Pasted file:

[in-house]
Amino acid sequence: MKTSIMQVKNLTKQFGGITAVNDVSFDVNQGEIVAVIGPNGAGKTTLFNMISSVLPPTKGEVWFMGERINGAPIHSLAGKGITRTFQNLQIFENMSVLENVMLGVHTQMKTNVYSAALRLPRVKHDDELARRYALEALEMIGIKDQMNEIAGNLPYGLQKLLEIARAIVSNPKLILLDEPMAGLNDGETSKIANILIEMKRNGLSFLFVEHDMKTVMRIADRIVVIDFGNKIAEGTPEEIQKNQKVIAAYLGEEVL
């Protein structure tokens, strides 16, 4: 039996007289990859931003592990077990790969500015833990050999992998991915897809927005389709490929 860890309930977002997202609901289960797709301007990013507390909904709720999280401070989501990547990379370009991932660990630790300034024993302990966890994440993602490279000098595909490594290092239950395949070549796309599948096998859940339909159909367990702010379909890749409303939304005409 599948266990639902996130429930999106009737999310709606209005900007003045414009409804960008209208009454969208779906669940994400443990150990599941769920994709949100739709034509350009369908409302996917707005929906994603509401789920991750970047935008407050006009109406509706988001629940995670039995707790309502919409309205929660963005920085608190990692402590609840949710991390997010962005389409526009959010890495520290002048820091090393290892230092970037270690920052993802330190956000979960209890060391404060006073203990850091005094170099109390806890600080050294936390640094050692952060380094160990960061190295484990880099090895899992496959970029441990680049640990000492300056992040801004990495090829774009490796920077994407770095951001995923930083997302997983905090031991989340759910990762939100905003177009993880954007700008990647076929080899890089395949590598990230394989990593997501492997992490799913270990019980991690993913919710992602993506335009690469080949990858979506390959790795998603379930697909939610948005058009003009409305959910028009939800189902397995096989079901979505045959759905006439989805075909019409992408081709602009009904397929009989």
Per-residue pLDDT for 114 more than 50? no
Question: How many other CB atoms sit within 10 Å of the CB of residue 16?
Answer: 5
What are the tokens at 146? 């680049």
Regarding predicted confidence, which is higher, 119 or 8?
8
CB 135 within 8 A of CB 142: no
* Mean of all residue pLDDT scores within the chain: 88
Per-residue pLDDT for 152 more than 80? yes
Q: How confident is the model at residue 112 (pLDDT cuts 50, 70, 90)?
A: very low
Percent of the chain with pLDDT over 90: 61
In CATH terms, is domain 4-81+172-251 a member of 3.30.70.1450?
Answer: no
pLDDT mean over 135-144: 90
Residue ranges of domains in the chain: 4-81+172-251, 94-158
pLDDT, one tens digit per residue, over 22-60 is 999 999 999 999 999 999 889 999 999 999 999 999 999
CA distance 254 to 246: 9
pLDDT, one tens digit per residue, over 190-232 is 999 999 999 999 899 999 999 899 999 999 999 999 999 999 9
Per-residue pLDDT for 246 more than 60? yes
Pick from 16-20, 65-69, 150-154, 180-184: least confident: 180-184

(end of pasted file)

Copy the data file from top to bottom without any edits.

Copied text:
[in-house]
Amino acid sequence: MKTSIMQVKNLTKQFGGITAVNDVSFDVNQGEIVAVIGPNGAGKTTLFNMISSVLPPTKGEVWFMGERINGAPIHSLAGKGITRTFQNLQIFENMSVLENVMLGVHTQMKTNVYSAALRLPRVKHDDELARRYALEALEMIGIKDQMNEIAGNLPYGLQKLLEIARAIVSNPKLILLDEPMAGLNDGETSKIANILIEMKRNGLSFLFVEHDMKTVMRIADRIVVIDFGNKIAEGTPEEIQKNQKVIAAYLGEEVL
């Protein structure tokens, strides 16, 4: 039996007289990859931003592990077990790969500015833990050999992998991915897809927005389709490929 860890309930977002997202609901289960797709301007990013507390909904709720999280401070989501990547990379370009991932660990630790300034024993302990966890994440993602490279000098595909490594290092239950395949070549796309599948096998859940339909159909367990702010379909890749409303939304005409 599948266990639902996130429930999106009737999310709606209005900007003045414009409804960008209208009454969208779906669940994400443990150990599941769920994709949100739709034509350009369908409302996917707005929906994603509401789920991750970047935008407050006009109406509706988001629940995670039995707790309502919409309205929660963005920085608190990692402590609840949710991390997010962005389409526009959010890495520290002048820091090393290892230092970037270690920052993802330190956000979960209890060391404060006073203990850091005094170099109390806890600080050294936390640094050692952060380094160990960061190295484990880099090895899992496959970029441990680049640990000492300056992040801004990495090829774009490796920077994407770095951001995923930083997302997983905090031991989340759910990762939100905003177009993880954007700008990647076929080899890089395949590598990230394989990593997501492997992490799913270990019980991690993913919710992602993506335009690469080949990858979506390959790795998603379930697909939610948005058009003009409305959910028009939800189902397995096989079901979505045959759905006439989805075909019409992408081709602009009904397929009989």
Per-residue pLDDT for 114 more than 50? no
Question: How many other CB atoms sit within 10 Å of the CB of residue 16?
Answer: 5
What are the tokens at 146? 């680049």
Regarding predicted confidence, which is higher, 119 or 8?
8
CB 135 within 8 A of CB 142: no
* Mean of all residue pLDDT scores within the chain: 88
Per-residue pLDDT for 152 more than 80? yes
Q: How confident is the model at residue 112 (pLDDT cuts 50, 70, 90)?
A: very low
Percent of the chain with pLDDT over 90: 61
In CATH terms, is domain 4-81+172-251 a member of 3.30.70.1450?
Answer: no
pLDDT mean over 135-144: 90
Residue ranges of domains in the chain: 4-81+172-251, 94-158
pLDDT, one tens digit per residue, over 22-60 is 999 999 999 999 999 999 889 999 999 999 999 999 999
CA distance 254 to 246: 9
pLDDT, one tens digit per residue, over 190-232 is 999 999 999 999 899 999 999 899 999 999 999 999 999 999 9
Per-residue pLDDT for 246 more than 60? yes
Pick from 16-20, 65-69, 150-154, 180-184: least confident: 180-184